Working with clients while building a residency in a historical neighborhood.

Working with clients while building a residency in a historical neighborhood.From its beginning, Hopkins, Minnesota-based Frana Companies had a goal to the be the best in the business. Established in 1977 by Gary Frana, the company has used its 35 years of experience to make that goal a reality. Today, Peter Donnino, who joined the firm in 1983 as a project coordinator, is president and CEO. Sticking to Frana’s original goal, Donnino believes in creating innovative ways to deliver the highest possible quality at the lowest possible cost. Throughout the years, the company has managed a variety of projects, ranging from 15-story poured concrete condominium towers to 300 unit townhome communities to complex interior renovations. Its dedication to high quality extends to its entire list of clients— developers, business owners, corporations, religious groups and government agencies—and to its employees.

“What I’m most proud of is being able to work for a company with the determination and care to build such great buildings for developers that have that same determination and care,” says Justin Noah, a project manager for Frana. “We have a lot of repeat business from the same clients and that says a lot about Frana Companies and all of our employees.”

The company’s decision to stay at a size where its top people could continue to work side-by-side with its clients in a lasting partnership has contributed to its high percentage of repeat customers. Long after projects are completed, the original managers and superintendents remain available.

“We hire and train our project managers that start out at our wall plant as a project engineer and move into project management,” says Noah. “We have very little turnover company wide. Many of our field Superintendents have been with Frana since day one and retire as a Frana employee.”

Recently, Noah began work on his largest project ever for Frana, the Longfellow Station in south Minneapolis. This residency will add 180 units to the city’s housing mix, with 80 percent of those going to tenants who need affordable housing.

“The soil situation was a big question,” says Noah. “No one really knew what was under the old building until we started building. It was a different ownership during the demolition of the existing building so that added some challenges.”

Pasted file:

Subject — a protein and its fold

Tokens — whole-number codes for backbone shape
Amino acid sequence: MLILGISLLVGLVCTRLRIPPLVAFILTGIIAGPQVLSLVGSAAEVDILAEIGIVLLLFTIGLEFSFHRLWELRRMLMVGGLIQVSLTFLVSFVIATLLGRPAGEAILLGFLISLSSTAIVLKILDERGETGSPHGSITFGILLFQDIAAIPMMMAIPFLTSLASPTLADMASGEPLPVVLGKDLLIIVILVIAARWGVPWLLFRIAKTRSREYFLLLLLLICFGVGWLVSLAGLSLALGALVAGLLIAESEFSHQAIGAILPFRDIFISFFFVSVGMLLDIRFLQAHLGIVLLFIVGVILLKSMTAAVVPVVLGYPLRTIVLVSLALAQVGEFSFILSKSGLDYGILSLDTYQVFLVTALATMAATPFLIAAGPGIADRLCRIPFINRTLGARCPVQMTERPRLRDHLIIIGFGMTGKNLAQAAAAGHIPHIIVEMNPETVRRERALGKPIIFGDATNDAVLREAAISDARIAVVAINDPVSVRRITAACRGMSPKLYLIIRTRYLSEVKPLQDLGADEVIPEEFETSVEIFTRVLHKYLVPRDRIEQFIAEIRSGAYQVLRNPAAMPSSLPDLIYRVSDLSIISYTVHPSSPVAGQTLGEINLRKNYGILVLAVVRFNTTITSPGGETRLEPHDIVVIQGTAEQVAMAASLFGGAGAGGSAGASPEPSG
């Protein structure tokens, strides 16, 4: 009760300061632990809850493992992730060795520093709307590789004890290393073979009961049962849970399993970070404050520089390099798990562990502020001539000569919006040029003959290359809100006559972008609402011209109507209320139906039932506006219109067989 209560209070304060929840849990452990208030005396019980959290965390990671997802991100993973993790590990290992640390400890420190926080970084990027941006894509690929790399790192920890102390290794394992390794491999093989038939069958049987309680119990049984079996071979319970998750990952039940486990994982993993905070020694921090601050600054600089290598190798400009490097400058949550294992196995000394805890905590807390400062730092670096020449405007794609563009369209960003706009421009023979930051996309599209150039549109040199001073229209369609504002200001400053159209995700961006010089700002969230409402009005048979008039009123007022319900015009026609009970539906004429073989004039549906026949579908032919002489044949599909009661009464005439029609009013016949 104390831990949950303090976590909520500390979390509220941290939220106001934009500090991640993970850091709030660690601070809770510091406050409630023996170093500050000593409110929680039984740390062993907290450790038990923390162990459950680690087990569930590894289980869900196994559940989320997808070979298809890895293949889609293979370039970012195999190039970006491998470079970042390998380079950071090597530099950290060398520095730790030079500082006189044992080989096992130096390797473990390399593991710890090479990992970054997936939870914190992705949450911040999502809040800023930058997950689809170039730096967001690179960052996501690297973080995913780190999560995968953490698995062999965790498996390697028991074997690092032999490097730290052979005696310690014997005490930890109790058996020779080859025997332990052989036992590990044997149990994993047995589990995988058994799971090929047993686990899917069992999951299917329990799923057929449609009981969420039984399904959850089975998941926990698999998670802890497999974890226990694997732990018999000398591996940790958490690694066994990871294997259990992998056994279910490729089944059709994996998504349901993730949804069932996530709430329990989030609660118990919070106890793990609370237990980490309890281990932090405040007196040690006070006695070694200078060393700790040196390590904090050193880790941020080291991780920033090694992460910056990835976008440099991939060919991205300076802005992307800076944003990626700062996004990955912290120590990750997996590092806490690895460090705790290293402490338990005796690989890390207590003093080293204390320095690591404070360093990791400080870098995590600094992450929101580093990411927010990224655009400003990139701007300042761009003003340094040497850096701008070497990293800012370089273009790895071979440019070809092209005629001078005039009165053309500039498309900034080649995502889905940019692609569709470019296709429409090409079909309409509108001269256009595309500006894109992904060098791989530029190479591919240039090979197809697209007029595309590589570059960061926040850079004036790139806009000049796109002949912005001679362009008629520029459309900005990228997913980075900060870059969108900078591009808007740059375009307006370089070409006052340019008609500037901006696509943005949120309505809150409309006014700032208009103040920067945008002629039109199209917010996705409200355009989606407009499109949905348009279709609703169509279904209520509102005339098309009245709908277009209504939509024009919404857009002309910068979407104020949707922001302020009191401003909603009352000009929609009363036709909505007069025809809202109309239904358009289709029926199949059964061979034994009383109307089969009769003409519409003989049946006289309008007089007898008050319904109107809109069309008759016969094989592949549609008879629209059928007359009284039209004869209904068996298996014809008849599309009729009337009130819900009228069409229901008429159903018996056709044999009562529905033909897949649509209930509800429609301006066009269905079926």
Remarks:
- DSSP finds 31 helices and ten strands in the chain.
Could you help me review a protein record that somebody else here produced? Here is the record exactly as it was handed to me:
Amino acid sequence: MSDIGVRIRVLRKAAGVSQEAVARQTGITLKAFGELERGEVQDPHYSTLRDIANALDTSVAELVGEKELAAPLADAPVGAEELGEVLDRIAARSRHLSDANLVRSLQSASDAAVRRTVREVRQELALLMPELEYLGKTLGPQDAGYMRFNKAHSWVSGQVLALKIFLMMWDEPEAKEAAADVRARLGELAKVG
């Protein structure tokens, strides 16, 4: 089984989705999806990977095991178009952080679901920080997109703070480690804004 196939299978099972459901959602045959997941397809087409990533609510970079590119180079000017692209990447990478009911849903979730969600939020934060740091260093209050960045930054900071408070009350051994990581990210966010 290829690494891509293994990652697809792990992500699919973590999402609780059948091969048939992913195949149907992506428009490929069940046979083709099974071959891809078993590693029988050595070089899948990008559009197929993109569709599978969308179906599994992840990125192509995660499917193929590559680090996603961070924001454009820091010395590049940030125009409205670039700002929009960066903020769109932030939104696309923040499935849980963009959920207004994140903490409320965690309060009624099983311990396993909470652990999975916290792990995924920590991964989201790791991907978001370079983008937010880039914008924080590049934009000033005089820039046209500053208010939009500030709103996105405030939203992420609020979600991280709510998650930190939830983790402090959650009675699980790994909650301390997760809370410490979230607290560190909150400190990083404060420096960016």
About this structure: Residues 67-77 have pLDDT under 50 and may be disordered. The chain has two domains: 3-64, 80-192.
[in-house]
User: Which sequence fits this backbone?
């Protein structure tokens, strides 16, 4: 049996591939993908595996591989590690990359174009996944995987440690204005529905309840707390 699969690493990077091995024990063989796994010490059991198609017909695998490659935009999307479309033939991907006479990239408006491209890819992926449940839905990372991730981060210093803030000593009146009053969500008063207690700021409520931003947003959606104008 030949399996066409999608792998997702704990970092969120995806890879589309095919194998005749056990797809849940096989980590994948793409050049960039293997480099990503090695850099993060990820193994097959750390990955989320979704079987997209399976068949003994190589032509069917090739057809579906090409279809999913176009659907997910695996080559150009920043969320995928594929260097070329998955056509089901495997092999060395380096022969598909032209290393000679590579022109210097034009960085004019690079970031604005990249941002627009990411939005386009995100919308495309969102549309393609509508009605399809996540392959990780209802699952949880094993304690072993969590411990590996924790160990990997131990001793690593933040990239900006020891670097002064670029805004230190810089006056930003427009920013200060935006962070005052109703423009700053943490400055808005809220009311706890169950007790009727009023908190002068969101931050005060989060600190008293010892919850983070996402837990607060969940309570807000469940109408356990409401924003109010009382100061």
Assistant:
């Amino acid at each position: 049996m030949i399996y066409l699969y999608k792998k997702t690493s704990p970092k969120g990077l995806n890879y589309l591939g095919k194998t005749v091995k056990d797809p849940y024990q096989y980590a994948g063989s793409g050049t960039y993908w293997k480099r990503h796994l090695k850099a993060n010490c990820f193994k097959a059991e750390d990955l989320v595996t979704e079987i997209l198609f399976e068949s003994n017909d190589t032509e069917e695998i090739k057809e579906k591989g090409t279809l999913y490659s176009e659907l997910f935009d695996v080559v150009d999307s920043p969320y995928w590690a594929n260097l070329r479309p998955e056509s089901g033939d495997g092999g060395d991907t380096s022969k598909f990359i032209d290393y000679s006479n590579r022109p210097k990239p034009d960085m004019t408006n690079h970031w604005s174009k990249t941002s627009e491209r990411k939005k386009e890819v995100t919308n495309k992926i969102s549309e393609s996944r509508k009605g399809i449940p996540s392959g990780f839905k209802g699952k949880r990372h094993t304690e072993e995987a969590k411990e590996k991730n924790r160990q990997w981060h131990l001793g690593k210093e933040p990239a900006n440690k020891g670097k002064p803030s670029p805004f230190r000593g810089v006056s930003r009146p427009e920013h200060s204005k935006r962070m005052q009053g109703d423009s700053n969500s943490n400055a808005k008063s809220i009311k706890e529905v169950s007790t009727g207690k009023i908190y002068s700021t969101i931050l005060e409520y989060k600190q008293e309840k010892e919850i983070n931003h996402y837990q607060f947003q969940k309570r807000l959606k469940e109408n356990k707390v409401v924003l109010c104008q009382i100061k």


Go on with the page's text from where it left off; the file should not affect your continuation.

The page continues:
The $28.5 million project has been meeting deadlines and will be opening for residency November 2013 with a fitness room, theater room,
community/party room, bike shop and pet care facilities. The site was chosen because of its center location in the Longfellow Neighborhood, with many of its features geared towards the neighborhood and its history. “The art feature that is being put in will have many of the neighborhood historical elements to it,” says Noah.

The project has won recognition from Minneapolis St. Paul Business Journal, who awarded it with a Best in Real Estate award in the “Multifamily Development or Redevelopment-Affordable” category. What has really made the project stand out, however, is Frana’s strength in partnering with everyone involved.

“We have brought over 35 years of this type of housing into this development,” says Noah. “We worked closely with the architect, owner and engineers to make this project what it is.”

Recognized as a major builder of privately financed and governmentfunded multifamily housing, Frana has directed the construction of more
than 15,000 multifamily units representing over $1 billion in construction volume across the Upper Midwest. The company believes that every project needs senior staff and puts a high priority on developing ongoing relationships with its subcontractors. Its carefully chosen subcontractors play a major role in project production. It is a relationship in which the subcontractors trust that Frana has anticipated every situation, enabling them to do their jobs without a hitch. The company credits this as one of its keys to success well into the future.

“Learn all you can about the buildings, from the dirt work, to concrete, to framing, to finishing,” says Noah. “The more you know, the more you see potential problems coming ahead of time so they are dealt with before they become real problems.”